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Can-Do Playground Celebrates 10 Years

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Rotarians, dignitaries and many others will gather at Alapocas Run State Park near Wilmington Saturday, July 15, to recognize the 10th anniversary of a unique and successful project—the Can-Do Playground.

The playground, designed so that people of all physical and cognitive abilities can play together, opened on July 11, 2007 after a collection of Rotary clubs from northern New Castle County hatched the idea to celebrate the centennial of Rotary International.

The nonprofit Wilmington Delaware Area Rotary Clubs Community Fund joined with the state Division of Parks & Recreation, the state Department of Transportation and the National Center for Boundless Playgrounds to bring the idea to life. The initial project cost close to $1 million, and the playground has been maintained through an endowment established by the group. The state contributed the land and other infrastructure, while Rotarians, Rotary clubs and other private donors pitched in to raise the rest of the funding.

“The project has far exceeded all expectations from Rotarians,” says Tom Talley, the nonprofit’s chairman. “It’s been a unique public-private partnership.”

The group will host an event Saturday at the playground that begins at 9:30 a.m. with a short ceremony for Rotarians and VIPs. The public is invited to join at 10 a.m. WDEL will be broadcasting live until noon, and there will be plenty of activities for families, including a scavenger hunt, face-painting, refreshments and an appearance by Wilmington Blue Rocks mascot Rocky Bluewinkle.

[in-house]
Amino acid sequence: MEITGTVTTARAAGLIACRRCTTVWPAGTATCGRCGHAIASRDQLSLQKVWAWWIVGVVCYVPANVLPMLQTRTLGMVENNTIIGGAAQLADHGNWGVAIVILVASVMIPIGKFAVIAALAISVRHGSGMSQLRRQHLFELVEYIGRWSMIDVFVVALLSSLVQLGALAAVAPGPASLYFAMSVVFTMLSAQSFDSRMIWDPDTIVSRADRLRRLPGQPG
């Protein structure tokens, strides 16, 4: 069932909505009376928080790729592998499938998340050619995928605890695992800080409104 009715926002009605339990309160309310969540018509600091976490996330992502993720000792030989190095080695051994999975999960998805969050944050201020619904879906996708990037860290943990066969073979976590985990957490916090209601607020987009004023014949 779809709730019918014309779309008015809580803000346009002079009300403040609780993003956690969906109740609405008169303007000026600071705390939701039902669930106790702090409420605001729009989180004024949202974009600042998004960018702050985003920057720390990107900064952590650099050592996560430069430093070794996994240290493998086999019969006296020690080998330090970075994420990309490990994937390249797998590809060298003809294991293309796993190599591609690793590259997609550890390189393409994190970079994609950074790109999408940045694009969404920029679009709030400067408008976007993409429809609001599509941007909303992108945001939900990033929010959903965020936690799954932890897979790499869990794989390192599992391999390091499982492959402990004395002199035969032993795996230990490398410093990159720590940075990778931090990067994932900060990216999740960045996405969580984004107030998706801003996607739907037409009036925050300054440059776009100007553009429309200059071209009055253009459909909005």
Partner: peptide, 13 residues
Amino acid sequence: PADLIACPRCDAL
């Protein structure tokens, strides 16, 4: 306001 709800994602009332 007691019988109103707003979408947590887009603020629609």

Nature lovers will be treated to Brandywine Zoo’s mobile zoo, a Nature on the Go cart, and information from Parks & Recreation staffers about indigenous wildlife.

As part of the 10-year celebration, the Rotarians are raising funds to make improvements to the playground. Repairs to ramps and equipment replacements have been completed. A second phase will add 5,000 square feet and more than 20 pieces of equipment. Additions will include an interpretive area with a connection to nature and other state-of-the-art improvements.

“We have a new piece that parents are going to love,” Talley says. “The expression swing allows the parent to face the child. Studies have shown how parents bond with children through facial expressions.”

The expression swings will replace existing swings. The goal for the playground’s next 10 years is to strengthen and expand inclusive play areas that focus on physical, cognitive, communicative, social/emotional and sensory development of the whole child.

“We are still raising funds for the second phase,” Talley says. “We still have a couple thousand dollars to go.”

For more information or to make a donation, visit www.candoplayground.org.

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